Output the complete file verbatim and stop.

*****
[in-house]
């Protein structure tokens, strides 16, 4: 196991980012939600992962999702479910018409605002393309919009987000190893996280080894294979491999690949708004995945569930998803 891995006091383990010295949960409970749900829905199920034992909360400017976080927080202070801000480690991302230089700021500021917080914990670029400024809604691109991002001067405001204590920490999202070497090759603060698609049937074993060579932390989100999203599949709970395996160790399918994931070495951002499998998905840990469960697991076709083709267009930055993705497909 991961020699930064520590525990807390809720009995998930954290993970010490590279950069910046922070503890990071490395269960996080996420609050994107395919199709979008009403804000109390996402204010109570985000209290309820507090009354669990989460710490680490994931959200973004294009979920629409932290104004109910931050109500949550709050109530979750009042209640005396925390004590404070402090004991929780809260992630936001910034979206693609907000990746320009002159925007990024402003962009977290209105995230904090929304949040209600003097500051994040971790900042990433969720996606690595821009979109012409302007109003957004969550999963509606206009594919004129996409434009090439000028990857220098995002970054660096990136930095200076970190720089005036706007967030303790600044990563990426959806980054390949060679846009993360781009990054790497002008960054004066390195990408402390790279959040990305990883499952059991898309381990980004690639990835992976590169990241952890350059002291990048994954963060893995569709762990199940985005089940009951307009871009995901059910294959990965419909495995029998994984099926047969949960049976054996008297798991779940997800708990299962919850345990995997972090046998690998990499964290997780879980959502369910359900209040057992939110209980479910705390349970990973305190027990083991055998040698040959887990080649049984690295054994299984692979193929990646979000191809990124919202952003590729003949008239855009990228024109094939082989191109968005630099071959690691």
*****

[in-house]
């Protein structure tokens, strides 16, 4: 196991980012939600992962999702479910018409605002393309919009987000190893996280080894294979491999690949708004995945569930998803 891995006091383990010295949960409970749900829905199920034992909360400017976080927080202070801000480690991302230089700021500021917080914990670029400024809604691109991002001067405001204590920490999202070497090759603060698609049937074993060579932390989100999203599949709970395996160790399918994931070495951002499998998905840990469960697991076709083709267009930055993705497909 991961020699930064520590525990807390809720009995998930954290993970010490590279950069910046922070503890990071490395269960996080996420609050994107395919199709979008009403804000109390996402204010109570985000209290309820507090009354669990989460710490680490994931959200973004294009979920629409932290104004109910931050109500949550709050109530979750009042209640005396925390004590404070402090004991929780809260992630936001910034979206693609907000990746320009002159925007990024402003962009977290209105995230904090929304949040209600003097500051994040971790900042990433969720996606690595821009979109012409302007109003957004969550999963509606206009594919004129996409434009090439000028990857220098995002970054660096990136930095200076970190720089005036706007967030303790600044990563990426959806980054390949060679846009993360781009990054790497002008960054004066390195990408402390790279959040990305990883499952059991898309381990980004690639990835992976590169990241952890350059002291990048994954963060893995569709762990199940985005089940009951307009871009995901059910294959990965419909495995029998994984099926047969949960049976054996008297798991779940997800708990299962919850345990995997972090046998690998990499964290997780879980959502369910359900209040057992939110209980479910705390349970990973305190027990083991055998040698040959887990080649049984690295054994299984692979193929990646979000191809990124919202952003590729003949008239855009990228024109094939082989191109968005630099071959690691």